Friday, May 27, 2016

The Rough Road Ahead for Trump

In recent days I’ve been asking political strategists of all stripes if Donald Trump could actually win in November, and sometimes it’s hard to get a direct answer. Usually, the person begins by telling me why the presumptive Republican nominee is undeserving—how he lacks the temperament or scruples or policy chops necessary to be president. When I reply that my question is about his prospects, not his qualifications, I’m told that a Trump victory would be very difficult but not out of the question. And that he’d have to win ugly.
Several recent national polls show Mr. Trump narrowing the gap with Hillary Clinton, the likely Democratic nominee. A Wall Street Journal/NBC News poll out this week put Mrs. Clinton three points ahead of Mr. Trump, down from 11 points in April. An ABC News/Washington Post poll has Mr. Trump leading Mrs. Clinton, 46% to 44%. The New York businessman is benefiting from the fact that his primary rivals have quit the race, while Mrs. Clinton is still fighting an increasingly nasty rear-guard battle against Bernie Sanders.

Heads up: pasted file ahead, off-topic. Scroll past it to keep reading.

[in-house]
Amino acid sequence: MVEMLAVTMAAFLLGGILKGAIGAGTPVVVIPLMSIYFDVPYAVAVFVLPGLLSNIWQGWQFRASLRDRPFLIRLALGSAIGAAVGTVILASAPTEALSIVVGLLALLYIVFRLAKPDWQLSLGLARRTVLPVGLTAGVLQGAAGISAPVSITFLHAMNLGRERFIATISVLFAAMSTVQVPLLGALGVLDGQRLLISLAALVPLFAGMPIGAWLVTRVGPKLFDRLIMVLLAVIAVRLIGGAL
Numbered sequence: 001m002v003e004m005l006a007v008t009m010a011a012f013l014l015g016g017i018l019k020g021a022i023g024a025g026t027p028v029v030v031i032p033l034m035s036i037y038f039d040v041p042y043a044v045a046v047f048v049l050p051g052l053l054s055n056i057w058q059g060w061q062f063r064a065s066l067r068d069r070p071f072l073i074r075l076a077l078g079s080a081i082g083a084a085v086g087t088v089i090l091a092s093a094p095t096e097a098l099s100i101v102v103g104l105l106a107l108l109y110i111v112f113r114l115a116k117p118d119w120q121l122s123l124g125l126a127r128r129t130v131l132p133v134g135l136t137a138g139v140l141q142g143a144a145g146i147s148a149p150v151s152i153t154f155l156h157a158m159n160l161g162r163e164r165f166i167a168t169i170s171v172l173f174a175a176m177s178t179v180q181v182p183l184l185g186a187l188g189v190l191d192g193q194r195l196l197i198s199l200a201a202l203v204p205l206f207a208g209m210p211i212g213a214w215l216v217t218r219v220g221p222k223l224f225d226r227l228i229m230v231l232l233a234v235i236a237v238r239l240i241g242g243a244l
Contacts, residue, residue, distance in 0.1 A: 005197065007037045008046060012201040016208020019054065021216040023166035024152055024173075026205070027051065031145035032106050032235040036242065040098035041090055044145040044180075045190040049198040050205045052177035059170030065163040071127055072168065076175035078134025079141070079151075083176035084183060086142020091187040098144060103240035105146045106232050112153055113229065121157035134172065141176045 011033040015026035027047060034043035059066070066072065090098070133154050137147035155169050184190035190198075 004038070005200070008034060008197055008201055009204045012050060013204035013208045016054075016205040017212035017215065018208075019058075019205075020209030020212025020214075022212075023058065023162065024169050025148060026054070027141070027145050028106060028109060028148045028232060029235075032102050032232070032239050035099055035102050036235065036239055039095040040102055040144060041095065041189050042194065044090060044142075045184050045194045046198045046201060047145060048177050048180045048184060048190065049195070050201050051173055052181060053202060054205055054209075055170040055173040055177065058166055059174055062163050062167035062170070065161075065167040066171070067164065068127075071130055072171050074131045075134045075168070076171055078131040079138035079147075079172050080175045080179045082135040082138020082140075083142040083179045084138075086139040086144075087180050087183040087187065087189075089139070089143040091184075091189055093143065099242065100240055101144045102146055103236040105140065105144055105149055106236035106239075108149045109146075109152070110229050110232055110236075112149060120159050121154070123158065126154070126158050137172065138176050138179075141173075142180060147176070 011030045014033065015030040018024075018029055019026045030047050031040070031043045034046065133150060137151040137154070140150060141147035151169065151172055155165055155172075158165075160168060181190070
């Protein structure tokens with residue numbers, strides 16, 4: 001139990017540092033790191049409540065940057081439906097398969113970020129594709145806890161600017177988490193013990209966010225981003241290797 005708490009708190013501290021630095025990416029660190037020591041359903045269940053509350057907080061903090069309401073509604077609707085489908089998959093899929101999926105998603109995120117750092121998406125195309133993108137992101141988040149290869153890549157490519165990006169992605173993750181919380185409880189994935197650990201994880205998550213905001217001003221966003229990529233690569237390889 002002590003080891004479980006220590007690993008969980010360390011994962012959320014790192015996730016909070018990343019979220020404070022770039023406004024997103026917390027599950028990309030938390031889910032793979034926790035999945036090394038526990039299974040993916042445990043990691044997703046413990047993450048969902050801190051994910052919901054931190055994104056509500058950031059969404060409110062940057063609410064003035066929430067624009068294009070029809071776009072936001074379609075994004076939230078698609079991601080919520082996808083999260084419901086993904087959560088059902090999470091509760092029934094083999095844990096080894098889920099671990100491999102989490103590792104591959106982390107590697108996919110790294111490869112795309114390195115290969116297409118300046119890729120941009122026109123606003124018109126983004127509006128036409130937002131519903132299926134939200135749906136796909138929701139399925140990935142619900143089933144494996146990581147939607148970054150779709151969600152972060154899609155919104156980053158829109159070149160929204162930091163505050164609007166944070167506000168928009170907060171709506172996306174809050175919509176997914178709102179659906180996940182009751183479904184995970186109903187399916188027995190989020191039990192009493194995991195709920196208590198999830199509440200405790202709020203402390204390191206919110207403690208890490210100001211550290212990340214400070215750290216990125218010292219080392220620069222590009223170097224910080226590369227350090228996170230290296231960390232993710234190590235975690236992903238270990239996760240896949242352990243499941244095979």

Still, there is less here than meets the eye. State-level polling matters more than national surveys, and polling in large battleground states that President Obama won in 2012 matters most. Mr. Trump ultimately must prevail in the Electoral College, and nothing in the current state polls predicts that happening. According to Real Clear Politics, Mrs. Clinton leads in Florida, Ohio, Pennsylvania, Wisconsin and Michigan—all of which went Democratic four years ago. If Mr. Trump isn’t competitive in these states, he likely loses.
In recent decades, the Republican coalition has included free-market advocates, military hawks and social conservatives, and Mr. Trump’s complicated relationships with all three factions has been on full display. Instead of unifying the party in the traditional sense, he wants to construct a different coalition centered largely around white blue-collar voters who have been economically marginalized by globalization and scorned by liberal elites.
Read the rest of Jason Riley's op-ed HERE.

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